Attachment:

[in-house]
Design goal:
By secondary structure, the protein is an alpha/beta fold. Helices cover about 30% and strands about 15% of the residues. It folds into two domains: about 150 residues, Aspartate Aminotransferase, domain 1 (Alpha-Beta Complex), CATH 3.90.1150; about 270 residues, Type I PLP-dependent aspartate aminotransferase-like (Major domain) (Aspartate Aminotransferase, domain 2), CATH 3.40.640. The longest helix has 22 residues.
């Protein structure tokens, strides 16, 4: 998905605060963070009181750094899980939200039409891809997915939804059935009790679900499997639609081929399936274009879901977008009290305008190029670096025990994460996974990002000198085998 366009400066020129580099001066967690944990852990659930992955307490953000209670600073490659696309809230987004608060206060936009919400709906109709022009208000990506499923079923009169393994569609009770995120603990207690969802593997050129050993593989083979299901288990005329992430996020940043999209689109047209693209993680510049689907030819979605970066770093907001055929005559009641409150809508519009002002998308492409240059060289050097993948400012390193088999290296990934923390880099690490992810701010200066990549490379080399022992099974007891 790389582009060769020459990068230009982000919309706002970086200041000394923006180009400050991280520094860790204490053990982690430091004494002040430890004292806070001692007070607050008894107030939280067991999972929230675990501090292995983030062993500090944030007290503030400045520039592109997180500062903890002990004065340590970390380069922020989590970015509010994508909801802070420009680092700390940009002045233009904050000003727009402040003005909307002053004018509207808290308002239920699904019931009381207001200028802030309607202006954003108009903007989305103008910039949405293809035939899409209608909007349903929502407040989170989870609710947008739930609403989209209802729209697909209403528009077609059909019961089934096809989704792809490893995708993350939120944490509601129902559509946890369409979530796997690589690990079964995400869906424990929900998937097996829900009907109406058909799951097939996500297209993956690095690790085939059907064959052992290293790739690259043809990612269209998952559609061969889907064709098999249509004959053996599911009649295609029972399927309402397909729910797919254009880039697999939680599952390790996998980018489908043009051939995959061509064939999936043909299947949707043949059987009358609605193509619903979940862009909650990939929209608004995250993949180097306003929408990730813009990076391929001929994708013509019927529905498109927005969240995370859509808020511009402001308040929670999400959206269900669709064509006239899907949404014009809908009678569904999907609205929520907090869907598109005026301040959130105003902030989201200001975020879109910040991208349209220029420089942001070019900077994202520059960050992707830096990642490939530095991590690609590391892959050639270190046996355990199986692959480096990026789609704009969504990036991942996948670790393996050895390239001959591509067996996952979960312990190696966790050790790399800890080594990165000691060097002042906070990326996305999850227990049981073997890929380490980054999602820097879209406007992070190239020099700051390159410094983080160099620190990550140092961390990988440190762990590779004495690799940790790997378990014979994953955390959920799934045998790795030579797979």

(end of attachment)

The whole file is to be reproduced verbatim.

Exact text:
[in-house]
Design goal:
By secondary structure, the protein is an alpha/beta fold. Helices cover about 30% and strands about 15% of the residues. It folds into two domains: about 150 residues, Aspartate Aminotransferase, domain 1 (Alpha-Beta Complex), CATH 3.90.1150; about 270 residues, Type I PLP-dependent aspartate aminotransferase-like (Major domain) (Aspartate Aminotransferase, domain 2), CATH 3.40.640. The longest helix has 22 residues.
């Protein structure tokens, strides 16, 4: 998905605060963070009181750094899980939200039409891809997915939804059935009790679900499997639609081929399936274009879901977008009290305008190029670096025990994460996974990002000198085998 366009400066020129580099001066967690944990852990659930992955307490953000209670600073490659696309809230987004608060206060936009919400709906109709022009208000990506499923079923009169393994569609009770995120603990207690969802593997050129050993593989083979299901288990005329992430996020940043999209689109047209693209993680510049689907030819979605970066770093907001055929005559009641409150809508519009002002998308492409240059060289050097993948400012390193088999290296990934923390880099690490992810701010200066990549490379080399022992099974007891 790389582009060769020459990068230009982000919309706002970086200041000394923006180009400050991280520094860790204490053990982690430091004494002040430890004292806070001692007070607050008894107030939280067991999972929230675990501090292995983030062993500090944030007290503030400045520039592109997180500062903890002990004065340590970390380069922020989590970015509010994508909801802070420009680092700390940009002045233009904050000003727009402040003005909307002053004018509207808290308002239920699904019931009381207001200028802030309607202006954003108009903007989305103008910039949405293809035939899409209608909007349903929502407040989170989870609710947008739930609403989209209802729209697909209403528009077609059909019961089934096809989704792809490893995708993350939120944490509601129902559509946890369409979530796997690589690990079964995400869906424990929900998937097996829900009907109406058909799951097939996500297209993956690095690790085939059907064959052992290293790739690259043809990612269209998952559609061969889907064709098999249509004959053996599911009649295609029972399927309402397909729910797919254009880039697999939680599952390790996998980018489908043009051939995959061509064939999936043909299947949707043949059987009358609605193509619903979940862009909650990939929209608004995250993949180097306003929408990730813009990076391929001929994708013509019927529905498109927005969240995370859509808020511009402001308040929670999400959206269900669709064509006239899907949404014009809908009678569904999907609205929520907090869907598109005026301040959130105003902030989201200001975020879109910040991208349209220029420089942001070019900077994202520059960050992707830096990642490939530095991590690609590391892959050639270190046996355990199986692959480096990026789609704009969504990036991942996948670790393996050895390239001959591509067996996952979960312990190696966790050790790399800890080594990165000691060097002042906070990326996305999850227990049981073997890929380490980054999602820097879209406007992070190239020099700051390159410094983080160099620190990550140092961390990988440190762990590779004495690799940790790997378990014979994953955390959920799934045998790795030579797979």